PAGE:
Toraja: A Place Where Families Live in the Same House with the Dead, Give Food and Wear Them Clothes

Toraja: A Place Where Families Live in the Same House with the Dead, Give Food and Wear Them Clothes

  • Popular explorer Joe Hattab visited the Torajan people of Indonesia where the dead are not considered deceased but are seen as being ill
  • In the community, living with dead relatives in the same house, dressing them as well as providing food is a normal occurrence
  • Joe recorded a burial occasion of a family of the Toraja people which lasted for 5 days and shared his findings

Explorer Joe Hattab left netizens baffled as he shared a video documentary capturing his visit to Tana Torajan people of Indonesia where the living and the dead somewhat co-exist - a style that is seen as a custom.

His first stop was a family who lost their dad about a year ago but has not done his burial rites.

Toraja people who proudly live in the same house with their dead for years
The Torajan people of Indonesia have a very strange culture Photo Credit: Discover with Joe Hattab
Source: Facebook

Case studies of two families living with their dead

The unnamed family mummified their late dad using formalin injection, put his body in a coffin and then put the deceased in the same house with them, in a separate room.

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In his coffin, they put his valuables and dress him like a normal living human being. According to Joe, he learnt they also provide the deceased food.

The second family he visited was one in which their mum died a month ago. She was also given the same special treatment as the aforementioned deceased man.

They adorned the deceased lady in a lovely outfit and earrings and put her in a separate room pending when they are ready for a proper burial.

For the two families, their deceased are not dead but considered ill till their burial rites have been concluded.

The popular explorer covered the expensive burial of a family which lasted for 5 days and involved an array of activities outsiders may consider weird but not Torajans.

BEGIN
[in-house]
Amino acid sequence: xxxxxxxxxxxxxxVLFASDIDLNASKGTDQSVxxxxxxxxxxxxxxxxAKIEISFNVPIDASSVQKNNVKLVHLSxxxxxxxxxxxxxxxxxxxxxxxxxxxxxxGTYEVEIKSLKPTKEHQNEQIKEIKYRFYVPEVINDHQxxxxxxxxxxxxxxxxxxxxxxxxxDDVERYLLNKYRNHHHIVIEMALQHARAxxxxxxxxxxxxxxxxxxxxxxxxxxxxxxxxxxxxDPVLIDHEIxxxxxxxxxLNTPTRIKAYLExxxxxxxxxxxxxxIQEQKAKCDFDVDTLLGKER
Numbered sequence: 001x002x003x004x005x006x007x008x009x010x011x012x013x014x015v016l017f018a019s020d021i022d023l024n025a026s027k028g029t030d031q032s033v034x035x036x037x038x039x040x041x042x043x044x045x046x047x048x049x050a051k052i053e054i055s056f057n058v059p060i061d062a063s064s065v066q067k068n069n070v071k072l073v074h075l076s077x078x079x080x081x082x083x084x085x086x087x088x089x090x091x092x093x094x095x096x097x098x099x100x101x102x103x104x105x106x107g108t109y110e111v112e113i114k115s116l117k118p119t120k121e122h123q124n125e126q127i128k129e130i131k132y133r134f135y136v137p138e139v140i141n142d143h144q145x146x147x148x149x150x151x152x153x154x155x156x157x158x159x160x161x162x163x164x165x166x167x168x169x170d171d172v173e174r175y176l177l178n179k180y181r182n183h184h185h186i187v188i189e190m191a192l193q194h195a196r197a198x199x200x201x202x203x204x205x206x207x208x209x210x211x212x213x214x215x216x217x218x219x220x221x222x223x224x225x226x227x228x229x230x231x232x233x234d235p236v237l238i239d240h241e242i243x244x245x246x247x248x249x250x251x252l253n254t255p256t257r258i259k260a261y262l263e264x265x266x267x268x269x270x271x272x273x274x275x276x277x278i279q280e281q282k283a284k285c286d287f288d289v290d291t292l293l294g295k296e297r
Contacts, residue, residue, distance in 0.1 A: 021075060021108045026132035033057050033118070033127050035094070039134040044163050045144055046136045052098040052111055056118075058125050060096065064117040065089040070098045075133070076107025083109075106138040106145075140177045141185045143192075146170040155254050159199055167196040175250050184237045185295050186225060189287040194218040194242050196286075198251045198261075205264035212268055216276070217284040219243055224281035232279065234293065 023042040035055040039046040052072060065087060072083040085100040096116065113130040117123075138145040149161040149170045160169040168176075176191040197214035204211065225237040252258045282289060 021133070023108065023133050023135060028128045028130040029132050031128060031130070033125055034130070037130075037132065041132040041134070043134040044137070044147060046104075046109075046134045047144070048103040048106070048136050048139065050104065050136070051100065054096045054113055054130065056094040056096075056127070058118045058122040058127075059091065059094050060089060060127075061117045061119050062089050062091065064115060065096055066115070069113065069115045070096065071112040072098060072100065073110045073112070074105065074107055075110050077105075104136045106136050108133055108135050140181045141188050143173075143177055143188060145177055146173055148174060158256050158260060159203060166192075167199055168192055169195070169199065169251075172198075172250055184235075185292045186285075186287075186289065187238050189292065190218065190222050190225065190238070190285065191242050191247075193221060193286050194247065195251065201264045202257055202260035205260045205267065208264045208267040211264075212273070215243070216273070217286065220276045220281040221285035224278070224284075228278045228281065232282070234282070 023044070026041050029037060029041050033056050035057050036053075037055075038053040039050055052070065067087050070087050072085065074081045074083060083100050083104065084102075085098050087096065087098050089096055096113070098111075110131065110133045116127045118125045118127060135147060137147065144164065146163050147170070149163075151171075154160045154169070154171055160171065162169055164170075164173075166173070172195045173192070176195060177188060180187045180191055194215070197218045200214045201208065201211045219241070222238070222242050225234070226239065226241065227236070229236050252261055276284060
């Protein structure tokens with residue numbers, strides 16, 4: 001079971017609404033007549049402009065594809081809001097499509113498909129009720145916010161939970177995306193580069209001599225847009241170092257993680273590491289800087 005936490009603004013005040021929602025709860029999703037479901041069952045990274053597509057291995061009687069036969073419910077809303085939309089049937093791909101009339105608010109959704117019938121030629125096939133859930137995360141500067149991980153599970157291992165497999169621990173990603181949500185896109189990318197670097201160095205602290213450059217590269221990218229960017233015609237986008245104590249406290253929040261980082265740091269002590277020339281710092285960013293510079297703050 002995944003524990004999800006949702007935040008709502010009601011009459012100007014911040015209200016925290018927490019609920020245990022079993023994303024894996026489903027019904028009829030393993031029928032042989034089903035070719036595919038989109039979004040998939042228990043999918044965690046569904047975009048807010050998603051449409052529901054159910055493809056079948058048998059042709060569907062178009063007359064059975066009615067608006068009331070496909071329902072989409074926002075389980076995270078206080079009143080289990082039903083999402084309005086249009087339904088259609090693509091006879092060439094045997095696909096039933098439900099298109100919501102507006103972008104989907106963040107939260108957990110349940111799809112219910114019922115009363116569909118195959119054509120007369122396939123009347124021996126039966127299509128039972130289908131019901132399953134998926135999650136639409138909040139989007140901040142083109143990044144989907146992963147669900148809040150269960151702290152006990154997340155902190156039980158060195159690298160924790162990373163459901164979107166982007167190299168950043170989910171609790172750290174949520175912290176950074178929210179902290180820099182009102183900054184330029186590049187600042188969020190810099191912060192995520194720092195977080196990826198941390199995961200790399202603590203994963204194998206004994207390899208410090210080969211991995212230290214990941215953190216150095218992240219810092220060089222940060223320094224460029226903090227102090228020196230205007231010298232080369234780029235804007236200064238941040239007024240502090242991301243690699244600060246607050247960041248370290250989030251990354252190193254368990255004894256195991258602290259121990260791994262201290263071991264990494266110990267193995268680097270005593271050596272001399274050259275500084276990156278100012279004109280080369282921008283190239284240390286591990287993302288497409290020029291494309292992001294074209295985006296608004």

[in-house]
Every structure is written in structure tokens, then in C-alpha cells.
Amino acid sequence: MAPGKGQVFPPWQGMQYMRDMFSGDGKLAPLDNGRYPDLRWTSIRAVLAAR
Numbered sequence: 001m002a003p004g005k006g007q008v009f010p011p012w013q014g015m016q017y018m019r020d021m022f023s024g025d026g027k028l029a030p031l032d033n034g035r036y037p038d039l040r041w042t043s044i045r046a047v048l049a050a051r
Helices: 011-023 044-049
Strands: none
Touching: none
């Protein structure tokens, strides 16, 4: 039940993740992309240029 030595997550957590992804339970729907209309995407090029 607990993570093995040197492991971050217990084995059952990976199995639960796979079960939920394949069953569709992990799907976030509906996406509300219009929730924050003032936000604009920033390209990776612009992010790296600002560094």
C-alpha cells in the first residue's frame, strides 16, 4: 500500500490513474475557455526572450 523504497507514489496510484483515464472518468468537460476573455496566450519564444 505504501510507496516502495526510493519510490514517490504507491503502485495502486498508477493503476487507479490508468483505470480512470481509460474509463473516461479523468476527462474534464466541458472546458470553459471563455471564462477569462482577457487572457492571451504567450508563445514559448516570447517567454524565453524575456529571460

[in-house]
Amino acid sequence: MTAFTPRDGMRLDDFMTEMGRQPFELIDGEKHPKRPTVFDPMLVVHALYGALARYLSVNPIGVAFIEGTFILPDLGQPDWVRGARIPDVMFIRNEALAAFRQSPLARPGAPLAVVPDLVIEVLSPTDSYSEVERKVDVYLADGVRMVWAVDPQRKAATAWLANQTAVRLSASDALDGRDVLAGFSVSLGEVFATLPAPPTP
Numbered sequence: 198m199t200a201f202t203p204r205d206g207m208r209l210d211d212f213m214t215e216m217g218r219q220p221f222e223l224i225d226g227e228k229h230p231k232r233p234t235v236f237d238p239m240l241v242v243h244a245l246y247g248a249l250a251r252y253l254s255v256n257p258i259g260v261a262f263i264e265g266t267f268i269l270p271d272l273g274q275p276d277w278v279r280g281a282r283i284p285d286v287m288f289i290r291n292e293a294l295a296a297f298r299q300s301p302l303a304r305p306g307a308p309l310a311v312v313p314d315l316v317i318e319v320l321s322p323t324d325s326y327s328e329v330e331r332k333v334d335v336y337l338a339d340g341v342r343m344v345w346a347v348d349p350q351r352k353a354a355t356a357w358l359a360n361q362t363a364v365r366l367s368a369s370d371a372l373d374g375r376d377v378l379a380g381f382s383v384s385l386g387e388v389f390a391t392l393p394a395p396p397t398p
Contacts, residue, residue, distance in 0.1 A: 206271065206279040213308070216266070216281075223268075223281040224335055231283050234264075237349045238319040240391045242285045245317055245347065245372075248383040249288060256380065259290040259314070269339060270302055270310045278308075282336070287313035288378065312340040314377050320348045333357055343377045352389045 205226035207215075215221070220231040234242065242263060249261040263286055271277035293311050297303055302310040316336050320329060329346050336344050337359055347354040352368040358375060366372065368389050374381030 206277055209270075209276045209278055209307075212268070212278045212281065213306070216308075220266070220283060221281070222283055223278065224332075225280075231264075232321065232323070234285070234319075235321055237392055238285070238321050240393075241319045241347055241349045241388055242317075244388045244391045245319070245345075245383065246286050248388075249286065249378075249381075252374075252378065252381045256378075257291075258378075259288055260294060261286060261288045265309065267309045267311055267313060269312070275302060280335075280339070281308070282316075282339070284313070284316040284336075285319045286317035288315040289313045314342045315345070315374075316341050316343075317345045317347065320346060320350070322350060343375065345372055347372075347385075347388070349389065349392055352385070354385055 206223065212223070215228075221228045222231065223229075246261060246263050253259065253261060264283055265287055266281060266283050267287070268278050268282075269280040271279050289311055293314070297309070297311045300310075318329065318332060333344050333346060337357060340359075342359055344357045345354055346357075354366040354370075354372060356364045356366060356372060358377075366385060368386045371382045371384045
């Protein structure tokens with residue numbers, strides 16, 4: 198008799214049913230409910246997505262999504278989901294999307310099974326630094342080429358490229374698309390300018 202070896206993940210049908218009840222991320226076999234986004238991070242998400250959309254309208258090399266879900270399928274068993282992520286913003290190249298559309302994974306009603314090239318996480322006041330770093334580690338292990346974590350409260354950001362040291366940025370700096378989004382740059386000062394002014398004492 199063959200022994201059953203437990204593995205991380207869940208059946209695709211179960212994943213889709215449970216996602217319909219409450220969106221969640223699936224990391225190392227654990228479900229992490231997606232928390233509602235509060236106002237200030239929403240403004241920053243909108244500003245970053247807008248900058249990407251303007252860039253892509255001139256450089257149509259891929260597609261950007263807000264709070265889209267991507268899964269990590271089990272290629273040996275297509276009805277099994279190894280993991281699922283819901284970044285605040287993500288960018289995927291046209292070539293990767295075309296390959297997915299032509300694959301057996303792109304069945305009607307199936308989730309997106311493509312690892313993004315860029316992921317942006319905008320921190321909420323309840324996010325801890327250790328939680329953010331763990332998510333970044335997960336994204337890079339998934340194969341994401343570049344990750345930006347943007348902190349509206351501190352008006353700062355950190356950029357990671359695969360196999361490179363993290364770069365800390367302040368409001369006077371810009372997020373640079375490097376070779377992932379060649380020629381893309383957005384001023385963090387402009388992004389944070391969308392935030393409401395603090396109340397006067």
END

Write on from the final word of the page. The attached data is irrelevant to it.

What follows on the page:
The Ma’Nene festival of the Toraja people

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For Torajans, the Ma’Nene festival is one of the most important events in their culture apart from their funerals which is regarded as one of the most expensive in the world.

According to Random Times, the Ma’Nene festival is a ritual of ancestral worship. after the mummification of their dead with natural ingredients and burying them in rock tombs, they exhume the corpses for the festival which usually occurs towards the end of August.

The festival which occurs every three years sees families dress the exhumed corpses in fresh clothes and pose for family photographs with them.

To the Torajan tribe from Sulawesi island, the culture is aimed at showing respect for their loved ones. They do not see death as a sad occurrence.

The culture often referred to as “The Ceremony of Cleaning Corpses” has been on for about a century.

Social media reactions

Lisa Kyoichi said:

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"It doesn’t stop there, we also visit the family grave to touch and pray for our ancestors bone years and years after. It was traumatizing for me to touch my great great grandparents bone even tho I’m torajan, but i grew up mainly in the city."

Sarah Hayder said:

"I read about their entire death cultural ceremonies and it was like a blank pause in my head for long. How one part is so entirely different from another making it beautiful and sometimes weird for us because it's not usual for us. There is a whole documentary on NATGEO regarding Torajan."

Gagang B. Crespo said:

"It's a bit scary but I do respect there culture I have Indonesian friends here in dubai and they said it really exists and Mr Joe Hattab and the crew thanks for this great documentary 1stime in my life I saw this kind of film amazing."

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Man plans his funeral while alive

Meanwhile, previously reported that a man had made adequate preparations for his funeral while still hale and hearty.

In a video documentary by Afrimax, the man stated that he does not want to become a burden to people after he is gone.

To achieve that purpose, the man did not only dig his grave, he prepared everything that would be used during his funeral.

The man bought enough drinks to entertain guests that would grace the event. He also got cement and bricks for the grave.


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